“I was accompanied by a friend to last year’s SWAIA market and he playfully teased me about giving away my art,” Horn recalled with a chuckle. “It turns out that giving art away brings new opportunities, just like with ‘Cactus Eddie,’” he laughed, “you never know what door it will open.”
A New Frontier
It can safely be proclaimed Horn has never met a stranger. “It is an immense pleasure to explore other artists’ creativity and get to know them on a personal level,” he explained.
“Getting to know” other artists propelled Horn into an unusual new art experience – fashion.
“I have been working with two individuals at the Chimayo Jackets Design Studio in Santa Fe. The jackets are handmade from start to finish. I printed on the fabrics by hand, and my friend, Stewart, takes the tapestries to cut and sew them into jackets. Cyrus James Goodheart, a Silversmith, who resides in Colorado, topped the pieces off with handmade buttons and broaches,” Horn said.
Chimayo fashions have been a part of First American heritage for more than 400 years. Weavers would produce blankets, jackets, vests, bedding and many staple items for trade or for purchase.
That industry almost tanked due to European competition. Canadian companies traded furs and blankets to First Americans in the 1700s and French fur and trinket traders roamed freely in the Rocky Mountains from New Mexico into Canada.
Chimayo lived on and remains a favorite garment among First Americans and is also enjoying a renaissance with non-Native fashionistas.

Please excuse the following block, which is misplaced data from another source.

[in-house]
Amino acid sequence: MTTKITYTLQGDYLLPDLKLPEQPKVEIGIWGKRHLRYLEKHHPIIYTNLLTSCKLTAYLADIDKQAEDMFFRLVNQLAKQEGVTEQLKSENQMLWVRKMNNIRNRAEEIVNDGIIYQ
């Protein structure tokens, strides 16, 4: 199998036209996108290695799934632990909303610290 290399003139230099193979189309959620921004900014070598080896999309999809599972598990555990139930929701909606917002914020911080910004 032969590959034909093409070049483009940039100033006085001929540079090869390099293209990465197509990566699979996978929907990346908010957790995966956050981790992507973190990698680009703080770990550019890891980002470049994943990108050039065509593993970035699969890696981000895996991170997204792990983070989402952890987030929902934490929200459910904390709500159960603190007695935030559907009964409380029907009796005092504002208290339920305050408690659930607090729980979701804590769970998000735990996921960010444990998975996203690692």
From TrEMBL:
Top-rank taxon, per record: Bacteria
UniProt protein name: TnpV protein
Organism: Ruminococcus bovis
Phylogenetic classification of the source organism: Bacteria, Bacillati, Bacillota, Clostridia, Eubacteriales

“Transferring my art to a garment was challenging to say the least,” Horn said of his new venture. “I worked with all kinds of fabrics to make sure the art would soak deep into the fabric like screen printing. I worked with incredibly soft fabrics to canvas duck cotton that was honestly too stiff for my liking,” he said.
Horn’s Hallito Studio website – Hallito.com – shows Chimayo fashion jackets replete with Horn’s First American designs, symbols, artistry and more. The website takes you on a complete tour of all Horn has accomplished and the art style that is garnering attention abroad.
So unique are Horn’s creations, he even observed “I got a lot of side-eye at SWAIA last year. It’s not traditional art by any means. I’m quite sure many art lovers didn’t know what to make of me or of the art. There is traditional First American symbolism in my work. Printmaking is a rare art form to arrive at SWAIA. I didn’t know what to expect so I arrived in Santa Fe with about 500 pieces of work and displayed them like you’d see in a record shop,” Horn said with a laugh.
The art is all hand-etched. Horn does not use computer graphics for assistance. “Just about anything you can carve into, you can use for this art,” he said, adding with amusement he has once used a traffic cone.
His art featuring iconic Chickasaw entertainer Te Ata won second place in the 2D Division last year at SWAIA. Horn went against artists exhibiting photos, paintings, drawings and graphics. “It is a challenging category. I was thrilled to win another ribbon for two pieces of art in addition to the Te Ata work,” Horn said.
The Te Ata-inspired print plate measures 5.5-by-7.5 inches. “Working with scrap/or/recycled Plexiglas is difficult to present in traditional measurements,” Horn explained. “I work with all different shapes and sizes.”
Horn, 35, is of Chickasaw heritage through his father.